I was not surprised by your request to be removed from my electronic-mail list, "Let's Make Art!" It goes without saying that I will honor your wish. In fact, I have already done so, which is why I am using the trusted Royal Mail to write to you one more time. However, you surprised me with your accusation of hectoring. Upsetting and annoying, hopefully. Ranting and raving, perhaps. Haranguing, conceivably. But hectoring? Hectoring is about swaggering. It is about intimidating and bullying by personal pressure. It is about power over others, real or imaginary. Now, do you feel intimidated or bullied by me? Does anyone else at the Tate? Hardly, you must admit. I am not a threat. At best, I am a nuisance to those in power. It is you and others at the institution behind you who can intimidate. You can do it even by suggesting intimidation and bullying on someone else's part. Come to think of it, is this perchance what you are trying to do to me?
Addendum I (September 16, 2000)
Today I received a reply from Nick, dated September 14. As Monty Python would put it, the tone of his letter is rather conciliatory, which I must say I appreciate. Here goes:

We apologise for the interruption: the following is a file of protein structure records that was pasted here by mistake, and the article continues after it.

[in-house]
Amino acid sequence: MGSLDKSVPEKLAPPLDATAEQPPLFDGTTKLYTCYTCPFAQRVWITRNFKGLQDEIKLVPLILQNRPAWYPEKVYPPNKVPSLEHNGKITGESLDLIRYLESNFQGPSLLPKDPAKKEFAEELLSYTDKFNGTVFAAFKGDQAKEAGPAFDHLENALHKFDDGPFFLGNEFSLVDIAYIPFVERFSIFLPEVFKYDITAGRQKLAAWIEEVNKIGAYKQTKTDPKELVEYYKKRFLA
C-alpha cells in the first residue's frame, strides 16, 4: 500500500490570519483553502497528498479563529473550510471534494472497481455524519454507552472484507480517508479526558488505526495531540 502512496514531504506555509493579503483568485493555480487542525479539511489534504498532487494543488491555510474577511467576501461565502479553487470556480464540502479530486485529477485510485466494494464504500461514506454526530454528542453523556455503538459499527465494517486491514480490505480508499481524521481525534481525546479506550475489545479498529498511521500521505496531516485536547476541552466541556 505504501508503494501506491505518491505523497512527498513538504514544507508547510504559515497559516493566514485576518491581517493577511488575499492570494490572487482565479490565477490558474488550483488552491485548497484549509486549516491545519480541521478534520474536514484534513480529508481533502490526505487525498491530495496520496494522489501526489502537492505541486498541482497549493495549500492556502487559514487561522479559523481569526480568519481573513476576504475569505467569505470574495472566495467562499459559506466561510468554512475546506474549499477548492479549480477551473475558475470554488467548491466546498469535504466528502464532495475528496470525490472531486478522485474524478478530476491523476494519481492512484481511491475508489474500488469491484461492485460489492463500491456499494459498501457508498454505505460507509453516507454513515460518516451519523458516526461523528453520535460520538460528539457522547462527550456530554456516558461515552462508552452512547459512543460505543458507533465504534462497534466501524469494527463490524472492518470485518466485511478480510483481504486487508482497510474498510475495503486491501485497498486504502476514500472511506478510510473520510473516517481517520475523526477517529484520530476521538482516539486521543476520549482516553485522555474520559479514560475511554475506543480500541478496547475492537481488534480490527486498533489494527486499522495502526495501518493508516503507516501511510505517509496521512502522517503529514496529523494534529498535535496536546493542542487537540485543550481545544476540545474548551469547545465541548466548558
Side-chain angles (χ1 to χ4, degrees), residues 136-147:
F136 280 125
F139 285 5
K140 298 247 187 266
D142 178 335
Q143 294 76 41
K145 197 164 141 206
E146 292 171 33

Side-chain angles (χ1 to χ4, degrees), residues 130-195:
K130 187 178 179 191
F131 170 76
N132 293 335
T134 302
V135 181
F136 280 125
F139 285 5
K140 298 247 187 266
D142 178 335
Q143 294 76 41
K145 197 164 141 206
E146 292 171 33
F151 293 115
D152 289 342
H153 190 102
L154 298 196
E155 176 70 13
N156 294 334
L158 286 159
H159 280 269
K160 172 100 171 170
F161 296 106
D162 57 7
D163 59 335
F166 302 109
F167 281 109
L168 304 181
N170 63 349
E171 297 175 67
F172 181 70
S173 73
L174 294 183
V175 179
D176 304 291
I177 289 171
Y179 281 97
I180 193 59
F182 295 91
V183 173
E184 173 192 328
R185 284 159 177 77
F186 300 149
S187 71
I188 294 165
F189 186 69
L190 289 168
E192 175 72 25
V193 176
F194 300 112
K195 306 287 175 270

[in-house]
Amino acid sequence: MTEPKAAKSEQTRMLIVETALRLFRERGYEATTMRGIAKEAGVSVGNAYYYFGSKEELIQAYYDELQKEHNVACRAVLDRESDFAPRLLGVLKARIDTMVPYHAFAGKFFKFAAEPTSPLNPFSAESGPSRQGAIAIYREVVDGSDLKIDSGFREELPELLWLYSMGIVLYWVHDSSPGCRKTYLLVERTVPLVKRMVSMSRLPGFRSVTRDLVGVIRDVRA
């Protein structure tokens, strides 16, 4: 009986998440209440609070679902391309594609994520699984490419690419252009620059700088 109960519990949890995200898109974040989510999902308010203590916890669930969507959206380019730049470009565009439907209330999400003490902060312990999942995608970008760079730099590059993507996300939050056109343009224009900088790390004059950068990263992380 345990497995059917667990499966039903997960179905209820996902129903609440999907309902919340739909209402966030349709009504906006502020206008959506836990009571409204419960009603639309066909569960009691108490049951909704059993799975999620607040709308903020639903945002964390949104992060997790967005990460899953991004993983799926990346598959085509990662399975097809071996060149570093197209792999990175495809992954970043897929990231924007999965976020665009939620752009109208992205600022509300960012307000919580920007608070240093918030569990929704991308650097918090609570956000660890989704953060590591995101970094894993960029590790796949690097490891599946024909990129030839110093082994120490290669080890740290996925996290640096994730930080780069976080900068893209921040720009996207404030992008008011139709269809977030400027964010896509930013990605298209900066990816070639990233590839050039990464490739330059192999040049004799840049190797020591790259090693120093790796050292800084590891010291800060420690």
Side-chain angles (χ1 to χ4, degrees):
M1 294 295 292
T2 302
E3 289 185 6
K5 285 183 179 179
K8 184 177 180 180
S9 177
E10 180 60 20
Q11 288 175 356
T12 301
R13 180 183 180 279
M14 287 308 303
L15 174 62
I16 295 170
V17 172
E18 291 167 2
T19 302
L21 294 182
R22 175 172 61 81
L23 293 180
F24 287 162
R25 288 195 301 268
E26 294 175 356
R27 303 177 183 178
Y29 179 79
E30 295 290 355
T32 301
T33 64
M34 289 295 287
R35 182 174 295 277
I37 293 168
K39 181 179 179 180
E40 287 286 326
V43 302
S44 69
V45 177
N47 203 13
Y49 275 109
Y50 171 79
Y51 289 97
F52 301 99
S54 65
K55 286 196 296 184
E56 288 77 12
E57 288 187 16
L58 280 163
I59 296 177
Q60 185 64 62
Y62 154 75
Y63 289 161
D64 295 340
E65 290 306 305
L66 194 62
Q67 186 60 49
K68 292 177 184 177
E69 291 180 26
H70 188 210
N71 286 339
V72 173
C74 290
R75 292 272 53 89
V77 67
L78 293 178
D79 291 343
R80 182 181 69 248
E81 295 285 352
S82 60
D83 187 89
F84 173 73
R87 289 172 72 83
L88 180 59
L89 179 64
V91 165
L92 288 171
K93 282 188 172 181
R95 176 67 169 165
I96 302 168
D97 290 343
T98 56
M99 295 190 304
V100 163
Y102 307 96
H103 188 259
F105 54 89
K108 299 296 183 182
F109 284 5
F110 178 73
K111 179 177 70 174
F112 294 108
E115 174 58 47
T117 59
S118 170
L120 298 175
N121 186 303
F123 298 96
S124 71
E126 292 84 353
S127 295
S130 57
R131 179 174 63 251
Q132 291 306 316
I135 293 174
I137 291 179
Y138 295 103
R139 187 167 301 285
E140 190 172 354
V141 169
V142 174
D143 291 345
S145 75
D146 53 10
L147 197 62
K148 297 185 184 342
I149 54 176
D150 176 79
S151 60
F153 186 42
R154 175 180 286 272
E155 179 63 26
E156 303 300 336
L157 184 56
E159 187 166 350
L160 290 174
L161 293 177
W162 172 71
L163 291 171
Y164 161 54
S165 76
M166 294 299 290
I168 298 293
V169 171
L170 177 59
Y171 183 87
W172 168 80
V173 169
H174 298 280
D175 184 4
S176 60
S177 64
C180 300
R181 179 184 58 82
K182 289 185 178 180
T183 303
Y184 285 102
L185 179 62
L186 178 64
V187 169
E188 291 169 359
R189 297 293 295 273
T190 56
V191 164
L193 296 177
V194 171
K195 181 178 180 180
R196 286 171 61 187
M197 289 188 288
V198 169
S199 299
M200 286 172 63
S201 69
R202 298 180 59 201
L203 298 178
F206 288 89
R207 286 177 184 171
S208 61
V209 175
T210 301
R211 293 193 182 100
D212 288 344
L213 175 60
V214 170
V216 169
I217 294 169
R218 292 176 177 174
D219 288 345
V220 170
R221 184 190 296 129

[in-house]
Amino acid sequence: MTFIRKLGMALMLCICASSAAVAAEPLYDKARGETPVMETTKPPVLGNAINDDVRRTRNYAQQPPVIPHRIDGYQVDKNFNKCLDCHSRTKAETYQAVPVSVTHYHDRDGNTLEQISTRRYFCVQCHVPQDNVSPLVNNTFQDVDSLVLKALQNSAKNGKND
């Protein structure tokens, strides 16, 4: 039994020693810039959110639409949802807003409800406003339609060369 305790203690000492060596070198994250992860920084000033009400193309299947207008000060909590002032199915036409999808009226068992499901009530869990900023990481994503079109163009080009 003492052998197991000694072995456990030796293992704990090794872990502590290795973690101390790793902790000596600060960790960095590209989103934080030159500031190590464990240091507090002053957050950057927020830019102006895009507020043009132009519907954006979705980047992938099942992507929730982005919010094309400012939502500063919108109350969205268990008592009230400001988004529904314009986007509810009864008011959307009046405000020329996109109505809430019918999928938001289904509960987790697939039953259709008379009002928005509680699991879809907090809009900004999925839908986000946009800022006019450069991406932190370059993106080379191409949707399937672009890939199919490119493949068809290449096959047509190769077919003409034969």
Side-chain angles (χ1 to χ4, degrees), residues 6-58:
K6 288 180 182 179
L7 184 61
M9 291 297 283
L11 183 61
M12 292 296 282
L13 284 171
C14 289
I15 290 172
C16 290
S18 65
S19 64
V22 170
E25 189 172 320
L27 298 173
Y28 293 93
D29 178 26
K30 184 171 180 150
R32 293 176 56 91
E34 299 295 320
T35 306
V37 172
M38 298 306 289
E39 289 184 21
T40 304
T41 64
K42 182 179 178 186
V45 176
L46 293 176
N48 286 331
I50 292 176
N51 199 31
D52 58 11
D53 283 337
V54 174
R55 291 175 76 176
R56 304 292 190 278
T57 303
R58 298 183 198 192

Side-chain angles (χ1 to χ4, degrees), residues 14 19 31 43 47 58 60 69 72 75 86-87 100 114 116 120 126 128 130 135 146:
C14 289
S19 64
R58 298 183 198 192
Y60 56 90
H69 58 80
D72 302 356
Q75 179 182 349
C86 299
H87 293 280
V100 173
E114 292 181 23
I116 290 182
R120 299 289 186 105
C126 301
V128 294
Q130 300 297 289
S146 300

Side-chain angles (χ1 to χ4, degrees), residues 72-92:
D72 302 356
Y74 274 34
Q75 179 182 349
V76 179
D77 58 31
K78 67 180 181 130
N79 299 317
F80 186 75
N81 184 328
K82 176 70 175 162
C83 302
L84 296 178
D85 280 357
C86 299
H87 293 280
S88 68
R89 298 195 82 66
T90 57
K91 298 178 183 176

"Thank you for your letter of September 6. If I had wished to intimidate or bully, I would have copied my response to all your recipients. I chose rather to copy it only to those who have responded directly to you on the Tracey Emin issue. I hope you will appreciate that I have no wish to threaten, merely to withdraw for a period."
I responded immediately, in the same spirit:
"Thank you very much for your letter, and especially its tone. However, if you look again through my carefully-worded letter, you will notice that the "you" I use in the key sentence does not necessarily refer to you in person, or you as the personification of the Tate, but also to some people in your institution who have previously written to me. Of course, I am referring to Andrew Brighton, who actually copied everyone on my list and then failed to respond to my carefully-worded response to his cavalier accusation. Given the power of the Tate, he has acted precipitously, to say the least. To my amusement, many people on my list followed Andrew with requests to be dropped from further communications. Among these are a number of important figures from the art worldŃlike Marian Goodman and Sadie Coles, for exampleŃsome of whom may not have wished to run afoul of the mighty Tate. A certain Charlotte Schepke from the Agency Gallery even threatened me with the law if I did not take them off my list. By the way, let me cite this law for possible future use: Electronic Communications Privacy, Amendment to the Data Protection Act 1998. For greater impact, Frau Schepke used the upper case, too. The way things are turning, this law may come handy to the Tate in the turbulent years to come."